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YPG/PKK terrorists seek Israel’s help against Turkey

YPG terrorists walk carrying a People's Protection Units (YPG) yellow flag in the Syrian town of Ain al-Arab, along the border with Turkey in the north of Aleppo governorate on Ocotber 18, 2019. (AFP Photo)

Turkey's counter-terrorism operation in northeastern Syria -- Operation Peace Spring -- to clear the area of terrorists and to ensure the safe return of millions of refugees, has evoked strong reactions in Israel.

Israeli newspaper The Times of Israel reported that a YPG terrorist commander spoke to an Israeli radio station last Thursday, asking help from the Jewish state.

YPG is the Syrian offshoot of the terrorist PKK organization that is listed as a terrorist group by Turkey, the U.S. and the European Union. The group is responsible for the deaths of some 40,000 people, including women, children, and infants, in its more than 30-year terror campaign.

The Army Radio, which broadcast the message, did not give his full name but mentioned him as "Alef". The commander said if Tel Aviv does not intervene, the entire Middle East will be "adversely affected".

Israeli officials and commentators have been outraged by the U.S. President Donald Trump's decision to withdraw U.S. forces from Syria. They believed the decision does not serve the long-term Israeli goals in the region. Israeli columnists have described the act as "stabbing Israel in the back".

Quoting an Israeli official, Israeli media claimed that a YPG/PKK terrorist commander called on Tel Aviv on Monday and sought help against the Turkish operation. The official, who spoke on condition of anonymity, expressed confidence that the Jewish people would not "neglect the plight of Kurds" in northern Syria.

Turkish Presidential Spokesperson Ibrahim Kalın, however, has already made it clear that Turkey's actions were not against Kurds, but aimed at clearing the northeastern part of Syria of the terrorist groups.

"The Europeans should be grateful to us that Turkey's anti-terror operations, and its military deployment for ceasefire in Idlib, would strengthen security and stability in northern Syria, and also facilitate efforts for a political solution to the Syrian conflict," he said.

On Oct. 10, Israeli Prime Minister Benjamin Netanyahu had denounced Turkey's operation in northeastern Syria and said Israel was prepared to offer humanitarian aid to the Kurds in Syria.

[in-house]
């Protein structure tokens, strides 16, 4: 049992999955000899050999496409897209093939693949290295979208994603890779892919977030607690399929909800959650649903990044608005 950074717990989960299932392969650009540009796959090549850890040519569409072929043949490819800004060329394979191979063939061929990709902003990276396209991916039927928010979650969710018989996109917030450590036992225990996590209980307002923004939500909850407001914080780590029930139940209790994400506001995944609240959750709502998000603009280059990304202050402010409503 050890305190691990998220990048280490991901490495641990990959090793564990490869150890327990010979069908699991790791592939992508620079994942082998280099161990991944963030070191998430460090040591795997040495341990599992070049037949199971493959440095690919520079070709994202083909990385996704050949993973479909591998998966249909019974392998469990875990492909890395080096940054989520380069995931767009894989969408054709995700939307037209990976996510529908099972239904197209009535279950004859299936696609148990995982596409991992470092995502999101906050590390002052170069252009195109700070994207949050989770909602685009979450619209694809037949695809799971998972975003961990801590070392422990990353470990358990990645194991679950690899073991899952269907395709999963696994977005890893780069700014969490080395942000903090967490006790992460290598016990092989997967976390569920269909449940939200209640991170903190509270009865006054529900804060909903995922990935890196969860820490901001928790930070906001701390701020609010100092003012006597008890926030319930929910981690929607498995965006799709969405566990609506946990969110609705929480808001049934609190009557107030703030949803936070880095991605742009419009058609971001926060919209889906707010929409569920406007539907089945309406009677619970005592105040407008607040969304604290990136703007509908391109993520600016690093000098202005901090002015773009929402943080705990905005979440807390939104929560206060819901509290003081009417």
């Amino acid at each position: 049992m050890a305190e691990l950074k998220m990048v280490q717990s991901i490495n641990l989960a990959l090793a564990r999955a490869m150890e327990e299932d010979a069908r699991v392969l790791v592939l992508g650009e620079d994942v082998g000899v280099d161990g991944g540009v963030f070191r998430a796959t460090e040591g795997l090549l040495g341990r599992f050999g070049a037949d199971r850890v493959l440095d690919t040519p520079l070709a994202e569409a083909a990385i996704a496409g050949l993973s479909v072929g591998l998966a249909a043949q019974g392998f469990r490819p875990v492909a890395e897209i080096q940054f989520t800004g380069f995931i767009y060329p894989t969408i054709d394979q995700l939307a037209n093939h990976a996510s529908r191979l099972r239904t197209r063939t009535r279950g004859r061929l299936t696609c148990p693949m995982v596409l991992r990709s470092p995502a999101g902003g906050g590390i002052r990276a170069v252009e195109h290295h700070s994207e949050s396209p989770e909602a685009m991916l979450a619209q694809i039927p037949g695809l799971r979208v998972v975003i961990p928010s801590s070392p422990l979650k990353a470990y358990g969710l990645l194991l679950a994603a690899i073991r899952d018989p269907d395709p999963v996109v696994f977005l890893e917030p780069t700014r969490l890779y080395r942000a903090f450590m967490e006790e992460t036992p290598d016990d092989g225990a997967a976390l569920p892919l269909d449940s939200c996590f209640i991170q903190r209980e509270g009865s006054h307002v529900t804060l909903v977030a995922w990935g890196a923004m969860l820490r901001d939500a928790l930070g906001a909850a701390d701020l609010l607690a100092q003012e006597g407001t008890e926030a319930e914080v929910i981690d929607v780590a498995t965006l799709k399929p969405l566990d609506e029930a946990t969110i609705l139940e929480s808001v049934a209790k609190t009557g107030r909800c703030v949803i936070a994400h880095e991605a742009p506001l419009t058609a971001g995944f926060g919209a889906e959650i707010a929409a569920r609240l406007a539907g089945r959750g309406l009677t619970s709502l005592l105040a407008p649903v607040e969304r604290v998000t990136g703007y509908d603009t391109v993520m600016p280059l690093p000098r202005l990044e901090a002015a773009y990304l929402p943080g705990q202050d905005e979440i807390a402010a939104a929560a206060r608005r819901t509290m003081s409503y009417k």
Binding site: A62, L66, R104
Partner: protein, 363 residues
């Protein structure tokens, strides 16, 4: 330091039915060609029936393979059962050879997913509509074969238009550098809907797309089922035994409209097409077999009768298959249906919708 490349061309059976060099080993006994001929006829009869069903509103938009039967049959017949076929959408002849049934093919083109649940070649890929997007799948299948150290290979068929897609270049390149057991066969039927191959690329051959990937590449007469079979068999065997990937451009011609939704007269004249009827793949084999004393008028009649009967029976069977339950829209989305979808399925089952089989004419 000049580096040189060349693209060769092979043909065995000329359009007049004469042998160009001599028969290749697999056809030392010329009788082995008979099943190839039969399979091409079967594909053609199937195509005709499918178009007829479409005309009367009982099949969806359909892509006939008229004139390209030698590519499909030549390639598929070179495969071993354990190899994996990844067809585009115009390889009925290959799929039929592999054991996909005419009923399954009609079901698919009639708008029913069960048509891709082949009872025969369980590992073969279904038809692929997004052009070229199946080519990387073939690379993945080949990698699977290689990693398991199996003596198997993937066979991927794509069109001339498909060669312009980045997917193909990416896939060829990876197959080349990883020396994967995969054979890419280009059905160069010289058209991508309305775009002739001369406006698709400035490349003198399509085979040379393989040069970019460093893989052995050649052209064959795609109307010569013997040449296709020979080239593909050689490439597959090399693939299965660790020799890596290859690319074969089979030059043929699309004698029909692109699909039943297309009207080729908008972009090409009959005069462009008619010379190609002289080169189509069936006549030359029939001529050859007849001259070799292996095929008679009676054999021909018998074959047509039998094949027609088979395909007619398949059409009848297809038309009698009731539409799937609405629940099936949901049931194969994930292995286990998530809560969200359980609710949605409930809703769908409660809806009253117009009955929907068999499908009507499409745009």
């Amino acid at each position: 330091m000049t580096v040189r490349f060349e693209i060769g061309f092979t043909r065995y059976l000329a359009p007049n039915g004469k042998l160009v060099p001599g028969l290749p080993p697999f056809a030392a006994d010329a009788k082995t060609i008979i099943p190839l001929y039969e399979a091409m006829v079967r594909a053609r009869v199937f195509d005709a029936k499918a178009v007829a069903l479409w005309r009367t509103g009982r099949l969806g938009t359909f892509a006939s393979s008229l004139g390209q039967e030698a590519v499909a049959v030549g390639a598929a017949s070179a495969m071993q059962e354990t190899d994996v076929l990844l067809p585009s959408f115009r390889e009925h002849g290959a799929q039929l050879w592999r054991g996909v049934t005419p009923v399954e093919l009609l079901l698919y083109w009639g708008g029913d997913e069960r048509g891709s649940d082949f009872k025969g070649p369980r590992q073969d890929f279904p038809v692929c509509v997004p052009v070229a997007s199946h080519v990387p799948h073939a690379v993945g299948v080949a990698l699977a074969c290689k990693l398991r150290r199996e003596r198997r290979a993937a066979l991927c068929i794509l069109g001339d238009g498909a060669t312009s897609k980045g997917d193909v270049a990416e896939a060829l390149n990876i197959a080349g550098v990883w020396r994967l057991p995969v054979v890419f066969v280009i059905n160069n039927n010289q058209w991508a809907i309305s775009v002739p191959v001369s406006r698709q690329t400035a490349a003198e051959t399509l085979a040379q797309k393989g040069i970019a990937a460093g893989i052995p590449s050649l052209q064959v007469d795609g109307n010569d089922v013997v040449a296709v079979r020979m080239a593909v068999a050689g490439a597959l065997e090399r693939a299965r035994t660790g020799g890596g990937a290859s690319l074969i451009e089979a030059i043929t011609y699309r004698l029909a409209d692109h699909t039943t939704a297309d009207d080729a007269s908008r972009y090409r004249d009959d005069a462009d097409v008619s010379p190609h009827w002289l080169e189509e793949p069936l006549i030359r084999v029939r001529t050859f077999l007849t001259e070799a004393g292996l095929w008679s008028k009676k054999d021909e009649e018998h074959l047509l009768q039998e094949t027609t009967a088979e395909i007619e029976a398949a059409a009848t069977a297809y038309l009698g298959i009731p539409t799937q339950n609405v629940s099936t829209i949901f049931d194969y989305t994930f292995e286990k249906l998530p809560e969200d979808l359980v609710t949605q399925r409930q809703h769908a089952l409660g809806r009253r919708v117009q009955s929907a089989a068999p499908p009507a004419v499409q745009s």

Israeli's clean chit to terror groups

Former Israeli Justice Minister Ayelet Shaked has openly supported an idea of carving out an independent territory on the borders of Turkey, which will be friendly towards Israel.

In September 2017, Israel's former deputy army chief Maj. Gen Yair Golan at a conference in Washington had expressed support for the PKK terrorist group.

"From my personal point of view the PKK is not a terrorist organization, that's how I see it," Golan said. "When you look at Iran in the east, when you look at the instability in the region, a stable and unified Kurdish entity in the middle of this swamp, is not a bad idea," he added.

Sahar Vardi, an Israeli anti-militarist activist, said: "This call for independence is extremely ironic coming from Israel, which denies the right of self-determination to millions of Palestinians that it controls under occupation."

He said the statements of Israeli leaders are not motivated by morality but only self-interest.

"As long as Israel continues to occupy millions of Palestinians, it cannot fight for the liberation of other nations and claim that it's driven by the desire to do the right thing," he added.

Tracing PKK operations in Syria, the U.S.-based Foreign Policy Magazine mentions that they had a presence in the country until 1998, when the Syrian government banned the group.

Five years later, PYD was formed, with the same membership as a Syrian affiliate of PKK. It soon formed its terror wing YPG. Turkey has always highlighted the cooperation between the two.

In 2016, in a testimony before the U.S. Congress, then U.S. Defense Secretary Ashton Carter also asserted there are "substantial ties" between the PYD and PKK. Independent reporting has also described overlaps in membership.

Mehmet Solmaz, a Turkish-British journalist, wonders that while the world has rightly condemned Daesh for recruitment of child soldiers, it has remained less concerned when children are tasked to fight for the YPG/PKK or for its other linked groups.

"They think they are doing the Kurdish cause a favor by burying news of the abuse that Kurdish children are undergoing at the hands of PKK militant leaders," he wrote in a newspaper.

Reporting from Erbil in northern Iraq, Israeli newspaper Haaretz mentioned that the YPG/PKK terrorists were not allowing civilians to save themselves from the conflict in the region.

"Kurdish refugees confirm to Haaretz that they have been turned away at checkpoints by their own security forces, the YPG, in an apparent violation of international humanitarian law [which seeks to limit the effects of armed conflict]," the newspaper said.

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